In late January, I noted that Senate Democrats were furious with a member of their own party, Ron Wyden, for attempting to negotiate bipartisan Medicare reform with Paul Ryan. The Democrats expressed frustration that Wyden was taking an election issue off the table for them, by getting Ryan to agree to leave traditional Medicare as an option in future reforms and by putting a bipartisan stamp on what could be a controversial plan.
The Democrats thought they had Ryan beat–but they didn’t want him to retreat just yet. An article in The Hill today buttresses the Democrats’ interpretation of the dustup over Ryan’s “roadmap,” though the issue may have spooked Ryan’s fellow Republicans more than Ryan himself:
Ryan, chairman of the House Budget Committee, was bloodied in the first round after his proposal to revamp Medicare became a campaign poster for Democrats.
Obama, who skirted major proposals to reform Medicare and Social Security in his own budget last year, invited Ryan to a speech and then ripped him from the stage, saying the proposal would “end Medicare as we know it.”
Ryan’s plan soon became a campaign theme that Democrats credited with handing them a special election victory in upstate New York.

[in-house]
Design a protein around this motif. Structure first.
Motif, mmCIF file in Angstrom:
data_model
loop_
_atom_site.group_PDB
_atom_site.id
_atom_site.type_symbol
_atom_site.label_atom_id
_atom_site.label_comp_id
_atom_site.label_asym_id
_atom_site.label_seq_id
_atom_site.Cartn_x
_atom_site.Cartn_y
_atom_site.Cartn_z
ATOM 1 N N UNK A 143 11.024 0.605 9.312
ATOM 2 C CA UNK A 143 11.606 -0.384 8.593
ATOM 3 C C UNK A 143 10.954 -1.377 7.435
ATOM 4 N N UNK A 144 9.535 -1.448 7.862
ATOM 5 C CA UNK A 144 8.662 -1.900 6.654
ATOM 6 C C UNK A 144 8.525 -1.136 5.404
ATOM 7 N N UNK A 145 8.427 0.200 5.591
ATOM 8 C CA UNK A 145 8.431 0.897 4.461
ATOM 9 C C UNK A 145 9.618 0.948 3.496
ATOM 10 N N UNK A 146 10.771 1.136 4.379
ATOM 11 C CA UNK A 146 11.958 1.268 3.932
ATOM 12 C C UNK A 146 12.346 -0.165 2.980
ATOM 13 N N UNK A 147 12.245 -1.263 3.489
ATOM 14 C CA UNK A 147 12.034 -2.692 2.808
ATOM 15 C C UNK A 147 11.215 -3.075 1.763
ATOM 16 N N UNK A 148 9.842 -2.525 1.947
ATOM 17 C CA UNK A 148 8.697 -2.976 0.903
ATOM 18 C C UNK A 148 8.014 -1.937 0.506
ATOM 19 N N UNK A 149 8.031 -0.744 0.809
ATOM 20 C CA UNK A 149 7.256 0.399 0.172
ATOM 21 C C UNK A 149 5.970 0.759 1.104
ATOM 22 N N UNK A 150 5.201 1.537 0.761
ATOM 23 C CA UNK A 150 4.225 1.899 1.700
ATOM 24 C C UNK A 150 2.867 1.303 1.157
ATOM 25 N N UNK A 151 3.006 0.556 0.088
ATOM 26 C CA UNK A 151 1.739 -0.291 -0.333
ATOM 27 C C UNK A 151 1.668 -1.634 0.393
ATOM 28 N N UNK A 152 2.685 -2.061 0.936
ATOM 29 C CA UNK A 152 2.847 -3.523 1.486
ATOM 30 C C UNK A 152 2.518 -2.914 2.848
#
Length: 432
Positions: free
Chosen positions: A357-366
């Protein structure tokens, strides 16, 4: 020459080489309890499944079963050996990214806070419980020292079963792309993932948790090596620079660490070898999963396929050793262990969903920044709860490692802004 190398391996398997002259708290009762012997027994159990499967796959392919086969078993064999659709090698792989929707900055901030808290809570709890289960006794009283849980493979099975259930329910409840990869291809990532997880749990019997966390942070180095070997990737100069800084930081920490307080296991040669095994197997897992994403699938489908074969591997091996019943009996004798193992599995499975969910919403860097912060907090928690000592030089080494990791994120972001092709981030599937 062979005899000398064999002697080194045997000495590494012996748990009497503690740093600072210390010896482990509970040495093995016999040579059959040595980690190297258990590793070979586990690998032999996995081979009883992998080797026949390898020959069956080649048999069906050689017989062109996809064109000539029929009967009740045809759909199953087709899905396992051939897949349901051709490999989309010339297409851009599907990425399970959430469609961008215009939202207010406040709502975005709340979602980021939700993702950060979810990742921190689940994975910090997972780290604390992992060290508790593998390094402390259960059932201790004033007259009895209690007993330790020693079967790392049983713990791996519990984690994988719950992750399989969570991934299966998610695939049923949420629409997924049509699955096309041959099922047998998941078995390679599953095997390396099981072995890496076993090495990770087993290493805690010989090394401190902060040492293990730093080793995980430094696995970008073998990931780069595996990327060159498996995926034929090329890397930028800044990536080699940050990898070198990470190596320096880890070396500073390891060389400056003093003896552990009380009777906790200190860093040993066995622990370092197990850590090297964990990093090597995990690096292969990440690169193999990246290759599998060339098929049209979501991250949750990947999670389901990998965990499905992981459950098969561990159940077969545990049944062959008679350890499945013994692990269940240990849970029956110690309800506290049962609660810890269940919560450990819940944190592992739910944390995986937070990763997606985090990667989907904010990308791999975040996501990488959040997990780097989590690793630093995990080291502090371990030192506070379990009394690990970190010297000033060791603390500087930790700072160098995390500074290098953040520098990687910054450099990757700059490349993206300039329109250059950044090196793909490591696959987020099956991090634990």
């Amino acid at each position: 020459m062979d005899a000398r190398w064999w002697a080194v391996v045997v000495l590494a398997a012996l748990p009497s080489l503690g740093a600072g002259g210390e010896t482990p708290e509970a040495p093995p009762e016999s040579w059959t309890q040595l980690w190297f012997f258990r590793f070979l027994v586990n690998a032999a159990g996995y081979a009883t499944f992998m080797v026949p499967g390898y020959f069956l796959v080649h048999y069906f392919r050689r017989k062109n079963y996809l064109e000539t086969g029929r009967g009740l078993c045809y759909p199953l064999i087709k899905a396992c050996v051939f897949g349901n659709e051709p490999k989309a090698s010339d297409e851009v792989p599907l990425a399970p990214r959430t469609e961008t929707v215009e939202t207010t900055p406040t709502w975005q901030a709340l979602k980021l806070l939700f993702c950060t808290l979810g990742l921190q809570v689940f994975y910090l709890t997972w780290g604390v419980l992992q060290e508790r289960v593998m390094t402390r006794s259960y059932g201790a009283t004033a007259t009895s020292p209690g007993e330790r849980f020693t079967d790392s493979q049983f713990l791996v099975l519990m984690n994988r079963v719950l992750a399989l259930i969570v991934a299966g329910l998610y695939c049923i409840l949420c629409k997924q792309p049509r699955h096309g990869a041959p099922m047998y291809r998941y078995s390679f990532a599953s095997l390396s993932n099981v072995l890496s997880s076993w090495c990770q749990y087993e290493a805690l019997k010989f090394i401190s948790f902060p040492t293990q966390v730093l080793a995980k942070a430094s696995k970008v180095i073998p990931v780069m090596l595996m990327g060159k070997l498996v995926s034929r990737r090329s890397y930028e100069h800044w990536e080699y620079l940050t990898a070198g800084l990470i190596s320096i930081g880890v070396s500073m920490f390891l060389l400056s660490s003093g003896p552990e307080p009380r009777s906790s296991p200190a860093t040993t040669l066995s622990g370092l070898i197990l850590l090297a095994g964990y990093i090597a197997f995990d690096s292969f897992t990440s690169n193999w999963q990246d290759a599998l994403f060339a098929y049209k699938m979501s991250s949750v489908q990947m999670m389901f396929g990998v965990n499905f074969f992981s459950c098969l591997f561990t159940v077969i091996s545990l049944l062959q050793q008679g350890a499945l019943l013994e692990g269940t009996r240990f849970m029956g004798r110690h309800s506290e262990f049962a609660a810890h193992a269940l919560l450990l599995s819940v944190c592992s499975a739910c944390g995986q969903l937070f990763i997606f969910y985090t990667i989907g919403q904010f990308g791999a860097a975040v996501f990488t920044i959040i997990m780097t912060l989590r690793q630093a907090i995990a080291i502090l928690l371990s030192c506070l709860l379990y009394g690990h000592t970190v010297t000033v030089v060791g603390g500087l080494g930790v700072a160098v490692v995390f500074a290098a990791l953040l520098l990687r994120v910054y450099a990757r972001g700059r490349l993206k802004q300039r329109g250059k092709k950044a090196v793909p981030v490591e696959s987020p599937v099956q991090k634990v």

One year later, Ryan is showing he can adjust after taking a punch, which would be a good thing, as the president is going to present his fiscal 2013 budget next Monday.
It should be interesting to see if the president is at all willing to submit a budget that has any chance of actually becoming law. His budget proposal in May 2011 received not a single vote–even from Democrats–and went down 0-97. A Democratic budget that scares every single Democrat into voting against it is not a particularly serious offer, and we’ll learn next week whether we’ll see a repeat of that.
But we’ll also see how serious congressional Republicans are about entitlement reform. Mitt Romney has shown some hesitation on the issue, though The Hill story notes that Romney’s own plan is very similar to Ryan’s new plan. But Republicans may have even less appetite for reform than Romney does.
“I would hope that it’s a thoughtful budget that focuses on the numbers for the next fiscal year rather than being some ‘roadmap’ for the next 10 years that invites criticism,” Ohio Republican Rep. Steve LaTourette told The Hill.
If that’s the attitude among congressional Republicans–that the party should not seek to reform institutions or pass forward-thinking budgets, but rather try to survive year to year until insolvency swallows the country whole–Ryan and Romney will be leaders with no followers. And Obama will have won a larger victory for himself and for the welfare state than even he thought.